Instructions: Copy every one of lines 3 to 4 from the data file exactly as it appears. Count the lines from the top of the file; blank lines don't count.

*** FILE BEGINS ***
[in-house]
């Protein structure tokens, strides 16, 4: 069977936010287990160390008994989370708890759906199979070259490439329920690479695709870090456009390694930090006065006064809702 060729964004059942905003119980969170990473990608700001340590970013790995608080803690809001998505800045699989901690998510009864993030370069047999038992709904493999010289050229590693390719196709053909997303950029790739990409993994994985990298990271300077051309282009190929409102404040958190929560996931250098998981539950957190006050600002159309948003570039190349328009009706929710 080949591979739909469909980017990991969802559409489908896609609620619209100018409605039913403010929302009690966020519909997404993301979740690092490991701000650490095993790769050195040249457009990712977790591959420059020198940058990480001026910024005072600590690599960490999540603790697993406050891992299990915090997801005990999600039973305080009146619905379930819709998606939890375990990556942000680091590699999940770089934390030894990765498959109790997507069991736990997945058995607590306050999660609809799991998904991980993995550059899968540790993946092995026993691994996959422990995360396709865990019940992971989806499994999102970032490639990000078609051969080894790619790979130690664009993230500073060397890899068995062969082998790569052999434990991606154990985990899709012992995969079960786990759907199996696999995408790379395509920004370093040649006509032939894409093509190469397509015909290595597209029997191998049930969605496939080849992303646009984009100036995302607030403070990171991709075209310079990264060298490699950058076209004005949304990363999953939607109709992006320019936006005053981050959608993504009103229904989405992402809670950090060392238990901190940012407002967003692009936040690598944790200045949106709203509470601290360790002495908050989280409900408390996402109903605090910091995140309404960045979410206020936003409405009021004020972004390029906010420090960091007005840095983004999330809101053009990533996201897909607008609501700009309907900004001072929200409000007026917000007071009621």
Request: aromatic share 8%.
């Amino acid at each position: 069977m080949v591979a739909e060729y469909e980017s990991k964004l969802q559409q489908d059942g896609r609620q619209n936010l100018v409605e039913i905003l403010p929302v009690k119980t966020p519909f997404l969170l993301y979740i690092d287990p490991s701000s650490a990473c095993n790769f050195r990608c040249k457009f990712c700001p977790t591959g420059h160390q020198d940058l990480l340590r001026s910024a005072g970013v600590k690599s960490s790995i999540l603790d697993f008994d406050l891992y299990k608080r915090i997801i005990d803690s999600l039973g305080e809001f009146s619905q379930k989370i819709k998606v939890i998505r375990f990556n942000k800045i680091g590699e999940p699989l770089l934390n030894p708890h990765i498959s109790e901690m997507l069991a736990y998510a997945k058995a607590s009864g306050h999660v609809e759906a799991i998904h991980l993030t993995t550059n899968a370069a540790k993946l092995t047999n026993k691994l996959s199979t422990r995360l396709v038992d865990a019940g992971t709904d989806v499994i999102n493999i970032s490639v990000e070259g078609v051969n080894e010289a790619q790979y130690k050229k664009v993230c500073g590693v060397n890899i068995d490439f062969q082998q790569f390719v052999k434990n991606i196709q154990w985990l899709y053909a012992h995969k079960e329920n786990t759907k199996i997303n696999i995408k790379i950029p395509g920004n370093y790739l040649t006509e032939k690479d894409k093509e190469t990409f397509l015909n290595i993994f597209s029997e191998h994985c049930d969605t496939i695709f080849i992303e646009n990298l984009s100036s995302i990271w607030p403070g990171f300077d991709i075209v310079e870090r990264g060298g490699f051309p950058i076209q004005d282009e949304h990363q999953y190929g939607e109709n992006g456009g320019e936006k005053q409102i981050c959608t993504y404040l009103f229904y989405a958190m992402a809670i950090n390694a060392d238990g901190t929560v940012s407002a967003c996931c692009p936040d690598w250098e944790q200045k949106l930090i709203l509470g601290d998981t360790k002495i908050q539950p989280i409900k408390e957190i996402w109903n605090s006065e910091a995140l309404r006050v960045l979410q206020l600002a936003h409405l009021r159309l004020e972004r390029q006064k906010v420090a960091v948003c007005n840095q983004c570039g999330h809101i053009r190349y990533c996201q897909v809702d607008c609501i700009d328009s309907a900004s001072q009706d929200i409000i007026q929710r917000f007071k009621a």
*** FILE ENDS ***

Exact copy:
Request: aromatic share 8%.
């Amino acid at each position: 069977m080949v591979a739909e060729y469909e980017s990991k964004l969802q559409q489908d059942g896609r609620q619209n936010l100018v409605e039913i905003l403010p929302v009690k119980t966020p519909f997404l969170l993301y979740i690092d287990p490991s701000s650490a990473c095993n790769f050195r990608c040249k457009f990712c700001p977790t591959g420059h160390q020198d940058l990480l340590r001026s910024a005072g970013v600590k690599s960490s790995i999540l603790d697993f008994d406050l891992y299990k608080r915090i997801i005990d803690s999600l039973g305080e809001f009146s619905q379930k989370i819709k998606v939890i998505r375990f990556n942000k800045i680091g590699e999940p699989l770089l934390n030894p708890h990765i498959s109790e901690m997507l069991a736990y998510a997945k058995a607590s009864g306050h999660v609809e759906a799991i998904h991980l993030t993995t550059n899968a370069a540790k993946l092995t047999n026993k691994l996959s199979t422990r995360l396709v038992d865990a019940g992971t709904d989806v499994i999102n493999i970032s490639v990000e070259g078609v051969n080894e010289a790619q790979y130690k050229k664009v993230c500073g590693v060397n890899i068995d490439f062969q082998q790569f390719v052999k434990n991606i196709q154990w985990l899709y053909a012992h995969k079960e329920n786990t759907k199996i997303n696999i995408k790379i950029p395509g920004n370093y790739l040649t006509e032939k690479d894409k093509e190469t990409f397509l015909n290595i993994f597209s029997e191998h994985c049930d969605t496939i695709f080849i992303e646009n990298l984009s100036s995302i990271w607030p403070g990171f300077d991709i075209v310079e870090r990264g060298g490699f051309p950058i076209q004005d282009e949304h990363q999953y190929g939607e109709n992006g456009g320019e936006k005053q409102i981050c959608t993504y404040l009103f229904y989405a958190m992402a809670i950090n390694a060392d238990g901190t929560v940012s407002a967003c996931c692009p936040d690598w250098e944790q200045k949106l930090i709203l509470g601290d998981t360790k002495i908050q539950p989280i409900k408390e957190i996402w109903n605090s006065e910091a995140l309404r006050v960045l979410q206020l600002a936003h409405l009021r159309l004020e972004r390029q006064k906010v420090a960091v948003c007005n840095q983004c570039g999330h809101i053009r190349y990533c996201q897909v809702d607008c609501i700009d328009s309907a900004s001072q009706d929200i409000i007026q929710r917000f007071k009621a």